BOSTON (WPRI) — Last week, Massachusetts Gov. Charlie Baker announced changes intended to help restaurants, who have faced severe restrictions to try and slow the spread of COVID-19.
Restaurants can now seat up to ten people at a table instead of six, and they can use their bar areas to serve food. Patrons still will not be allowed to stand and drink at the bar.
Even though tables can now seat four more people each, they still must remain six-feet apart.
For some restaurant owners, this is a welcomed relief, particularly as we enter the cooler, eventually colder months when outdoor dining won’t be an option anymore.
“The bartenders will have a better season in the winter with us being able to open the bars again, you know, within reason, so that’s good for us and for them because a lot of people that come here want to sit at the bar,” Judy Brown, General Manager of The Cove Restaurant and Marina, said.
Some restaurant owners are choosing to keep their capacity the way it is. The problem for some is that they’ve already converted their bar area into a dining area, and changing it back could cost them.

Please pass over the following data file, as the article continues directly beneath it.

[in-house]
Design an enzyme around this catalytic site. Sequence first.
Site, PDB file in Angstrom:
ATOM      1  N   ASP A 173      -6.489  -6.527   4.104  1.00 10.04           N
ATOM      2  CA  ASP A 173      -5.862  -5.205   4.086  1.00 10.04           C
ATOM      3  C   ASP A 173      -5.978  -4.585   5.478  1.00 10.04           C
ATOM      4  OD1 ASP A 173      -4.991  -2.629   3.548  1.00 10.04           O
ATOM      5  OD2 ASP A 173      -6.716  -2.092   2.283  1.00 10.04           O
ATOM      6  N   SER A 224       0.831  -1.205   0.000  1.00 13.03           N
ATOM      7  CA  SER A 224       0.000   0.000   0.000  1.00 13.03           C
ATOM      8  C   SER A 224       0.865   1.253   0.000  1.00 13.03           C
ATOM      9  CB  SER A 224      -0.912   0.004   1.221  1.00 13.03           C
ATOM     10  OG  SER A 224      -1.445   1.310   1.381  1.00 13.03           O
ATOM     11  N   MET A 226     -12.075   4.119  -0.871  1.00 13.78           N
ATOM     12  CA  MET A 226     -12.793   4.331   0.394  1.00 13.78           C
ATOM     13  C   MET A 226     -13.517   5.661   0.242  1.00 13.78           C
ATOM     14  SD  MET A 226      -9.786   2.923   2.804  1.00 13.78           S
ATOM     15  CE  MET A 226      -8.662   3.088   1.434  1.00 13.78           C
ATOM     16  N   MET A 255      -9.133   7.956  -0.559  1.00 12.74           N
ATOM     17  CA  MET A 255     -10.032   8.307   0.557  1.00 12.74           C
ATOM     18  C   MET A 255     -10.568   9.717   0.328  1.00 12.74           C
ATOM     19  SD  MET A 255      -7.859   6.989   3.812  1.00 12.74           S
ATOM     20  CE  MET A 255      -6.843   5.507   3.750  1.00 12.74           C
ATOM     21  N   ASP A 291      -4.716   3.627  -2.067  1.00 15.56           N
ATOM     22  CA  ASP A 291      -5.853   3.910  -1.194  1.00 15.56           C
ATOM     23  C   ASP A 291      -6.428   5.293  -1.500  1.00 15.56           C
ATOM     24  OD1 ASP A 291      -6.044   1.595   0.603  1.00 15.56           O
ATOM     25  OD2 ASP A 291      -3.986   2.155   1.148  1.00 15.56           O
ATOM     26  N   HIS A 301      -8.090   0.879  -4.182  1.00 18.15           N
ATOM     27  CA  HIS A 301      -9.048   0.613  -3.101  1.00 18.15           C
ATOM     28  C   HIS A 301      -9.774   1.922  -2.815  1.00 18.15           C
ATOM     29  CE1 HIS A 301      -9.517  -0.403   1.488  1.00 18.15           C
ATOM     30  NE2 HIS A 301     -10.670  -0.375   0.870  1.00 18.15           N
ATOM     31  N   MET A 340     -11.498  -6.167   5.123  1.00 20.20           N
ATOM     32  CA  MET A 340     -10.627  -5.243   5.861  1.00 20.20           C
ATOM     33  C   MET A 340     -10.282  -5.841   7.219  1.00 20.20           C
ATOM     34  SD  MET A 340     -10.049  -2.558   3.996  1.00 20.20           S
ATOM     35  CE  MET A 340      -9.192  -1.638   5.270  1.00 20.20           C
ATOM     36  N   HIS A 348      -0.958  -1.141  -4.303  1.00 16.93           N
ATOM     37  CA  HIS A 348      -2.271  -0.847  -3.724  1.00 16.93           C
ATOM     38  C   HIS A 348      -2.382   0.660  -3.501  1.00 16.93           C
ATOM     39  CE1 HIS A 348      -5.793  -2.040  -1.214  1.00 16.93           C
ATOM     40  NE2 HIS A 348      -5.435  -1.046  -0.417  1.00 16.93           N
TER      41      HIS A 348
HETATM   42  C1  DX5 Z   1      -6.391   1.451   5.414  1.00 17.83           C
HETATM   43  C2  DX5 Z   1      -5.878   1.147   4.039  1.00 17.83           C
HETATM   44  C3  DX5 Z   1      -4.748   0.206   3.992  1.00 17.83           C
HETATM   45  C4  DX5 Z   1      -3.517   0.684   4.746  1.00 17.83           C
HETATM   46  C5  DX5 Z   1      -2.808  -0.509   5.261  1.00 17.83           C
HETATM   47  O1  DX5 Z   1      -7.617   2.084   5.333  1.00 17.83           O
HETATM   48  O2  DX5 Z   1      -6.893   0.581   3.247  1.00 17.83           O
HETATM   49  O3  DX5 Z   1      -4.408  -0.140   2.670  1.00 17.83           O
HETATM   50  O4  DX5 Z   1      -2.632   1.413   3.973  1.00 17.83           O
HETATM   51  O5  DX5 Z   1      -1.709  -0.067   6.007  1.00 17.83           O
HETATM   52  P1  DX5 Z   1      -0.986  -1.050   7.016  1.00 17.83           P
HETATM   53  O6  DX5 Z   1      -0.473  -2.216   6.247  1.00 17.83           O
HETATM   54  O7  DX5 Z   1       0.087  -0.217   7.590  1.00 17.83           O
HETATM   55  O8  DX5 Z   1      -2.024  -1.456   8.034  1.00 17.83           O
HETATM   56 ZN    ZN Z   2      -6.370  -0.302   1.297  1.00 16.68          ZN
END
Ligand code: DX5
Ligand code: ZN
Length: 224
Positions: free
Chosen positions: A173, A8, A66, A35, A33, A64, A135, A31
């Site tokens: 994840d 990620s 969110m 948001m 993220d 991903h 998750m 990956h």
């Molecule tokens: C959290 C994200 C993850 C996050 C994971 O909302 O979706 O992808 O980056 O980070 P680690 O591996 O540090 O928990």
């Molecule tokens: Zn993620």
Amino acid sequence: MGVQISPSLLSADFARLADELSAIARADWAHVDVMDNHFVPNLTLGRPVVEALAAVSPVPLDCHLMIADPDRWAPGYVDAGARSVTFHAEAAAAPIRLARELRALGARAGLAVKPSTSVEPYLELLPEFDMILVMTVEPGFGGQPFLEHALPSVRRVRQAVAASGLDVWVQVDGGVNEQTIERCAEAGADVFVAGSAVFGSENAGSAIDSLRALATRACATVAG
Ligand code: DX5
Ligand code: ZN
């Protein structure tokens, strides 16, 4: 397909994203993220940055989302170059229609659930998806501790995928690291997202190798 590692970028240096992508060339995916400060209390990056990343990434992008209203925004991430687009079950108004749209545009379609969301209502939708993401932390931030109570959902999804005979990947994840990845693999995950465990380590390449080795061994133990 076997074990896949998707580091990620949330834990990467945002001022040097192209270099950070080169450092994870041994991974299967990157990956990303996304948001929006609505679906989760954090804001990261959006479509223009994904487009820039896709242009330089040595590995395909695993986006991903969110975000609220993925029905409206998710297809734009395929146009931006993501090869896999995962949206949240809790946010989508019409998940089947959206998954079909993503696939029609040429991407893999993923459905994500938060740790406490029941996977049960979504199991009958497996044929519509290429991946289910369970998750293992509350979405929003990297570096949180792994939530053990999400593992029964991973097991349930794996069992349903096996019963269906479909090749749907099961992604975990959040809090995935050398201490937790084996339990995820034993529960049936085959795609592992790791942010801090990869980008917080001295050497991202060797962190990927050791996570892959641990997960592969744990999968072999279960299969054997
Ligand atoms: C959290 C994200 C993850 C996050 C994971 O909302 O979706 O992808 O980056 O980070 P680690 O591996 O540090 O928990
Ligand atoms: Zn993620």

“We’re torn between actually having bar seating or keeping the tables the way they are,” Bobbi Holmgren, from Barrett’s Waterfront Restaurant and Lounge, said. “Right now I have three high tops pushed up against the bar and I can fit seven people at each high top I don’t know that I can fit seven people socially distanced together.”
“People want bar seating because they haven’t had bar seating, but is it best for the business financially right now?” Holmgren continued.
Some cities in the Bay State, like Worcester, Boston, and Framingham, have also chosen to keep restaurant capacity as is due to COVID-19 numbers in their areas.
Guests may also choose to stay away from the restaurants and cities that do expand out of concern over increased crowds.
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